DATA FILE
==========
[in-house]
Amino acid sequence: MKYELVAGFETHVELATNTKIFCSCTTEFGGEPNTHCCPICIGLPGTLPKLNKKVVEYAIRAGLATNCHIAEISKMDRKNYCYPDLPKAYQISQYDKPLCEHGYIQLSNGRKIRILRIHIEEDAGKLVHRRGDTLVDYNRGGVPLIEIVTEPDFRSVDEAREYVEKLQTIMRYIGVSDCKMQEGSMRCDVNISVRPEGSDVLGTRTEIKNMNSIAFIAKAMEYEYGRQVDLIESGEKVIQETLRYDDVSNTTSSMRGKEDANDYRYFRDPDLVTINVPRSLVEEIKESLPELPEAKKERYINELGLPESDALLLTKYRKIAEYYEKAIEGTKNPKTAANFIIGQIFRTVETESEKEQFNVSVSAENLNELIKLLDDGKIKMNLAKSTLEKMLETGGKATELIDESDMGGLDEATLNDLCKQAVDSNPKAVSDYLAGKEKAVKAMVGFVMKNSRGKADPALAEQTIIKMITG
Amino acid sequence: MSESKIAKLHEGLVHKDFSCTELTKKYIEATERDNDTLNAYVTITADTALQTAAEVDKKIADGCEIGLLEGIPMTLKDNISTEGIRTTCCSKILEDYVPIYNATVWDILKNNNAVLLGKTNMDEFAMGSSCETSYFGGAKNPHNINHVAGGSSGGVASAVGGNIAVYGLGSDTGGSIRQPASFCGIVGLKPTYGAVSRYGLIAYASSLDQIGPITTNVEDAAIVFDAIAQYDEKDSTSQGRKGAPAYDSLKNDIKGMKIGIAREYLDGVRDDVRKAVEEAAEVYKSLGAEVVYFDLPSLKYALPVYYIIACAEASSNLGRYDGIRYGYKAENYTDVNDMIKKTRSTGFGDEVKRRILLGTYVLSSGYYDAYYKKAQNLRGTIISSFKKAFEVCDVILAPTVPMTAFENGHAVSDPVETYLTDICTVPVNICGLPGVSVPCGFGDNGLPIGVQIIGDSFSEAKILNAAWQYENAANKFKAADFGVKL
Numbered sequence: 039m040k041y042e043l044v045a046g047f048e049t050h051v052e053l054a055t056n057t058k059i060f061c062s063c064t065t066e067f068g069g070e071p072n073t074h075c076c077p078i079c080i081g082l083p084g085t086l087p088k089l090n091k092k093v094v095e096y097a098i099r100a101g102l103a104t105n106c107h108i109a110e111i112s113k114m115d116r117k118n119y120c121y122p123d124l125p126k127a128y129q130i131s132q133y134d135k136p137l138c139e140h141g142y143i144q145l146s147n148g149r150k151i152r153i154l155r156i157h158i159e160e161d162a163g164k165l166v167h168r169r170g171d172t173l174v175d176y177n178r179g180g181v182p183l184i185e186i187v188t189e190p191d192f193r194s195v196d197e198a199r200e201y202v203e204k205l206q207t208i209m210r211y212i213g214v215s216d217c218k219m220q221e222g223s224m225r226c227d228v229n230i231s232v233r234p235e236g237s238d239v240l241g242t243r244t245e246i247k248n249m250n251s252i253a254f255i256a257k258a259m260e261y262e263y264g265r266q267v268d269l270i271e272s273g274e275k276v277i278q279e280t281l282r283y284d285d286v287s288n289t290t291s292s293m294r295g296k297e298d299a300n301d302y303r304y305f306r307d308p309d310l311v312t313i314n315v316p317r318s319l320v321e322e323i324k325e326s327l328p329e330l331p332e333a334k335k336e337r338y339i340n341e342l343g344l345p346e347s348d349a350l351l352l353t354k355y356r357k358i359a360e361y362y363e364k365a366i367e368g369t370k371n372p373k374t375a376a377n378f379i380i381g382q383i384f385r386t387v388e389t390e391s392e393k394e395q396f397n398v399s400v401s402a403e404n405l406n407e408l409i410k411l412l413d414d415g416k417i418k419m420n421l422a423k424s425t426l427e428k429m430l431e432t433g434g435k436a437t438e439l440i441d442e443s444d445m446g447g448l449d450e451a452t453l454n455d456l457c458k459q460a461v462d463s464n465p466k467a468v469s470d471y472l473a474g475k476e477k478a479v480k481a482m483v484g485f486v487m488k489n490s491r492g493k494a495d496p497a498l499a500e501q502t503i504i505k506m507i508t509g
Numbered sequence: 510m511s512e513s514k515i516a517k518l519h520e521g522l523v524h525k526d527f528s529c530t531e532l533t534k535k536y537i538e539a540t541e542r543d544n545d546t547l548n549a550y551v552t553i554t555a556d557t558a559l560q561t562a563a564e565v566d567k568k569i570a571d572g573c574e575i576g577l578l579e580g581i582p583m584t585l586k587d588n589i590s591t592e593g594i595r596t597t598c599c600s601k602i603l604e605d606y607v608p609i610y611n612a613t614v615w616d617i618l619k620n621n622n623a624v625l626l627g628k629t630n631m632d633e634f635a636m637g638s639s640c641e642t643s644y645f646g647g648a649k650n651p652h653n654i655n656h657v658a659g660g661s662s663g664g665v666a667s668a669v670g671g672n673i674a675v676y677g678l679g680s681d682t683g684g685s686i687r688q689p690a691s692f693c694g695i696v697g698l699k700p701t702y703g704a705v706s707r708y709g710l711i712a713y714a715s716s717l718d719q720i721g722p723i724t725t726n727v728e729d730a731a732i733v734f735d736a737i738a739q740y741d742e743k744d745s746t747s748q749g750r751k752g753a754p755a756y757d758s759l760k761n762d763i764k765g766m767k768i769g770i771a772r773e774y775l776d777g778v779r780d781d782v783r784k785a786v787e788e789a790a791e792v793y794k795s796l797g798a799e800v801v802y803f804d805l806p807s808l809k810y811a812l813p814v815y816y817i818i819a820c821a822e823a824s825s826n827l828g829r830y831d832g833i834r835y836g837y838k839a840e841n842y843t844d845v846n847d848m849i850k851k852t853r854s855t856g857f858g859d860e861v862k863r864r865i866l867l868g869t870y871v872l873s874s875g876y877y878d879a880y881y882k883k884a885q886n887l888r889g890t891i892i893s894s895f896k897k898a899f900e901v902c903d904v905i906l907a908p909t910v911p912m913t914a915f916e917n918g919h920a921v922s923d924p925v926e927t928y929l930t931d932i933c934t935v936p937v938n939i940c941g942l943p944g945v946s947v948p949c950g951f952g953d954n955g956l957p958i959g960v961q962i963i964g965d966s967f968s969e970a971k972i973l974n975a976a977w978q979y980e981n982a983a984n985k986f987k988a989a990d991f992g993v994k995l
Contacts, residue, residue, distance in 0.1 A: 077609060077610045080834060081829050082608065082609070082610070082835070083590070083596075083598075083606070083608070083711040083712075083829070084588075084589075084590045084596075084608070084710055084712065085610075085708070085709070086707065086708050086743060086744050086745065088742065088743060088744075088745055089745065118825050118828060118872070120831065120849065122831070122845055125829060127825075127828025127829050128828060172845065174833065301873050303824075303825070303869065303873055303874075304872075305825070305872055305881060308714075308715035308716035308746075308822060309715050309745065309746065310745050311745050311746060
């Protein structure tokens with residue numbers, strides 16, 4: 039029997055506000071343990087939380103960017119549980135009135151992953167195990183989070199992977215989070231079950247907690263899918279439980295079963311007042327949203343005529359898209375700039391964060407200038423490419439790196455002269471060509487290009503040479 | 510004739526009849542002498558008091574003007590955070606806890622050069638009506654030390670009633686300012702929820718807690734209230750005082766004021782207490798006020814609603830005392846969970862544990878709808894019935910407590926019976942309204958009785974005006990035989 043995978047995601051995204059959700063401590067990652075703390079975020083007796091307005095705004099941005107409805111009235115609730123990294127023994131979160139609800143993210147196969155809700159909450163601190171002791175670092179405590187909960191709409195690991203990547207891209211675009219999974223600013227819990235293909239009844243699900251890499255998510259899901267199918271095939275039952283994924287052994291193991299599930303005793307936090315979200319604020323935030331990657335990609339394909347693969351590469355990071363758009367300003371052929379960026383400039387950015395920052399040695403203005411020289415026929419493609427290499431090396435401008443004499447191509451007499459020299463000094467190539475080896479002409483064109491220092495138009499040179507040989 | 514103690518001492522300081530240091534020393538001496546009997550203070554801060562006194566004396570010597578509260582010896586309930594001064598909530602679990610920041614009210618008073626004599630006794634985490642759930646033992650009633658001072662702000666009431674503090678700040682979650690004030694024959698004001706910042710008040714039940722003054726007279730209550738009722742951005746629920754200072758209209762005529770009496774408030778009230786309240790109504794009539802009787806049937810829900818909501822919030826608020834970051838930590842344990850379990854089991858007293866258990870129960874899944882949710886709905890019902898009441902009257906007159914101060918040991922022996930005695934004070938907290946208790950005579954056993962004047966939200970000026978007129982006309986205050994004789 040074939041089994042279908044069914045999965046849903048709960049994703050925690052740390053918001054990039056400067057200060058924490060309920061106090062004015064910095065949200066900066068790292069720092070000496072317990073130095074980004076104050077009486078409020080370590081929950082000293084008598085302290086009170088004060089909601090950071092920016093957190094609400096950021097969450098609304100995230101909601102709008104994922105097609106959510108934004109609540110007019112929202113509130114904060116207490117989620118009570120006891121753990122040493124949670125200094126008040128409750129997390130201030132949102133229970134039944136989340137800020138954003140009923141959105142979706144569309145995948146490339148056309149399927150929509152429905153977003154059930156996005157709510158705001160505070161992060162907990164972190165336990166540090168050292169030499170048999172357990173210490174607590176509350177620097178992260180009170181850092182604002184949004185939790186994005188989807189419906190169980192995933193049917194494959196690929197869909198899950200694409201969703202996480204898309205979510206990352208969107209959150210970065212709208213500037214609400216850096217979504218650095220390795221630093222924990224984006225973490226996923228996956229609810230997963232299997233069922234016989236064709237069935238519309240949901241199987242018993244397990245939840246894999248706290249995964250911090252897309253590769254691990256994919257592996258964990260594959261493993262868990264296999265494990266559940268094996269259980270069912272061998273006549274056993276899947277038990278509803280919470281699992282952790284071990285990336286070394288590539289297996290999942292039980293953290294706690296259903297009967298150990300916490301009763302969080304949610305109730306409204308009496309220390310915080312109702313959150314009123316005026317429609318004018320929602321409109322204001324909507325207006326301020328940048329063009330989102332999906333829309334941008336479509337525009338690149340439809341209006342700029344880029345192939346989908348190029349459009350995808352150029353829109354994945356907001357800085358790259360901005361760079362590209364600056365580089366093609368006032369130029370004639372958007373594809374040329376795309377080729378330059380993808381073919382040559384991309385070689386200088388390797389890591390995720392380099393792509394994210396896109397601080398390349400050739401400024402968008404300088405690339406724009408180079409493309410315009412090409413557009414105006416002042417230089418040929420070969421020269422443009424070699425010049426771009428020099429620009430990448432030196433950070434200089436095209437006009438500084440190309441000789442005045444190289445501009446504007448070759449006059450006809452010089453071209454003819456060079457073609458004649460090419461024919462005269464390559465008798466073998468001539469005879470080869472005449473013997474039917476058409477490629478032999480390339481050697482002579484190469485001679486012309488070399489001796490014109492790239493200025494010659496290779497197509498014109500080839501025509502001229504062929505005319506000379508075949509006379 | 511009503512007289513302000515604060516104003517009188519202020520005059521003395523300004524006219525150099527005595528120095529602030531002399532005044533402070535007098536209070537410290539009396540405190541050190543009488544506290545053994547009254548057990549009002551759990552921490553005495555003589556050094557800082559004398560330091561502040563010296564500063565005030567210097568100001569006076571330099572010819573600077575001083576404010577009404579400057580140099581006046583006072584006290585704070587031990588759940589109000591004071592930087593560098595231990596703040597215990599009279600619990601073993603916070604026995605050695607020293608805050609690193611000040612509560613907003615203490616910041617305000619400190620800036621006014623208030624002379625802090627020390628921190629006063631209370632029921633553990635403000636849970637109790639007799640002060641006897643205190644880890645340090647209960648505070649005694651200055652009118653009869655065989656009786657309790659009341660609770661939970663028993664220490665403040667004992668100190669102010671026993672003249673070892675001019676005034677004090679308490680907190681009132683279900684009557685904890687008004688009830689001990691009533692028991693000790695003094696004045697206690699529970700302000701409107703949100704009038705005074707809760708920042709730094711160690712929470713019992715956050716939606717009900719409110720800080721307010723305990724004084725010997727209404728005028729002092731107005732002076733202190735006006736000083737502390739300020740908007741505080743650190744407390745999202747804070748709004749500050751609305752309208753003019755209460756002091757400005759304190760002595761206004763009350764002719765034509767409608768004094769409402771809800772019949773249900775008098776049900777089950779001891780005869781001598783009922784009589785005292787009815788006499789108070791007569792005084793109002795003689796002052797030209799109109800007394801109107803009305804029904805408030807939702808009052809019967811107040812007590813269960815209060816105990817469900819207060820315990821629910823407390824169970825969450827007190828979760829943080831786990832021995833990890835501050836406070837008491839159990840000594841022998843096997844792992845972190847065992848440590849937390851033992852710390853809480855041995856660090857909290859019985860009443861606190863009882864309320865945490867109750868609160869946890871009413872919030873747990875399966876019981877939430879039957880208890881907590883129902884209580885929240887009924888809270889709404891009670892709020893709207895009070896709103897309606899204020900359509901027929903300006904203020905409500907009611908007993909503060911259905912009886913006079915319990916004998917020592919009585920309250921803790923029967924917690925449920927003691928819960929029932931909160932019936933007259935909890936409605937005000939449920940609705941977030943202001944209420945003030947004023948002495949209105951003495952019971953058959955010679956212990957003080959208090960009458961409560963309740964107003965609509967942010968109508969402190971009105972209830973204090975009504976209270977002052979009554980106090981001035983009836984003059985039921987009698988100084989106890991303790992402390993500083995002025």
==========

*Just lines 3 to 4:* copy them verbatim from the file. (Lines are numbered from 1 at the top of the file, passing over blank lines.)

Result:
Amino acid sequence: MSESKIAKLHEGLVHKDFSCTELTKKYIEATERDNDTLNAYVTITADTALQTAAEVDKKIADGCEIGLLEGIPMTLKDNISTEGIRTTCCSKILEDYVPIYNATVWDILKNNNAVLLGKTNMDEFAMGSSCETSYFGGAKNPHNINHVAGGSSGGVASAVGGNIAVYGLGSDTGGSIRQPASFCGIVGLKPTYGAVSRYGLIAYASSLDQIGPITTNVEDAAIVFDAIAQYDEKDSTSQGRKGAPAYDSLKNDIKGMKIGIAREYLDGVRDDVRKAVEEAAEVYKSLGAEVVYFDLPSLKYALPVYYIIACAEASSNLGRYDGIRYGYKAENYTDVNDMIKKTRSTGFGDEVKRRILLGTYVLSSGYYDAYYKKAQNLRGTIISSFKKAFEVCDVILAPTVPMTAFENGHAVSDPVETYLTDICTVPVNICGLPGVSVPCGFGDNGLPIGVQIIGDSFSEAKILNAAWQYENAANKFKAADFGVKL
Numbered sequence: 039m040k041y042e043l044v045a046g047f048e049t050h051v052e053l054a055t056n057t058k059i060f061c062s063c064t065t066e067f068g069g070e071p072n073t074h075c076c077p078i079c080i081g082l083p084g085t086l087p088k089l090n091k092k093v094v095e096y097a098i099r100a101g102l103a104t105n106c107h108i109a110e111i112s113k114m115d116r117k118n119y120c121y122p123d124l125p126k127a128y129q130i131s132q133y134d135k136p137l138c139e140h141g142y143i144q145l146s147n148g149r150k151i152r153i154l155r156i157h158i159e160e161d162a163g164k165l166v167h168r169r170g171d172t173l174v175d176y177n178r179g180g181v182p183l184i185e186i187v188t189e190p191d192f193r194s195v196d197e198a199r200e201y202v203e204k205l206q207t208i209m210r211y212i213g214v215s216d217c218k219m220q221e222g223s224m225r226c227d228v229n230i231s232v233r234p235e236g237s238d239v240l241g242t243r244t245e246i247k248n249m250n251s252i253a254f255i256a257k258a259m260e261y262e263y264g265r266q267v268d269l270i271e272s273g274e275k276v277i278q279e280t281l282r283y284d285d286v287s288n289t290t291s292s293m294r295g296k297e298d299a300n301d302y303r304y305f306r307d308p309d310l311v312t313i314n315v316p317r318s319l320v321e322e323i324k325e326s327l328p329e330l331p332e333a334k335k336e337r338y339i340n341e342l343g344l345p346e347s348d349a350l351l352l353t354k355y356r357k358i359a360e361y362y363e364k365a366i367e368g369t370k371n372p373k374t375a376a377n378f379i380i381g382q383i384f385r386t387v388e389t390e391s392e393k394e395q396f397n398v399s400v401s402a403e404n405l406n407e408l409i410k411l412l413d414d415g416k417i418k419m420n421l422a423k424s425t426l427e428k429m430l431e432t433g434g435k436a437t438e439l440i441d442e443s444d445m446g447g448l449d450e451a452t453l454n455d456l457c458k459q460a461v462d463s464n465p466k467a468v469s470d471y472l473a474g475k476e477k478a479v480k481a482m483v484g485f486v487m488k489n490s491r492g493k494a495d496p497a498l499a500e501q502t503i504i505k506m507i508t509g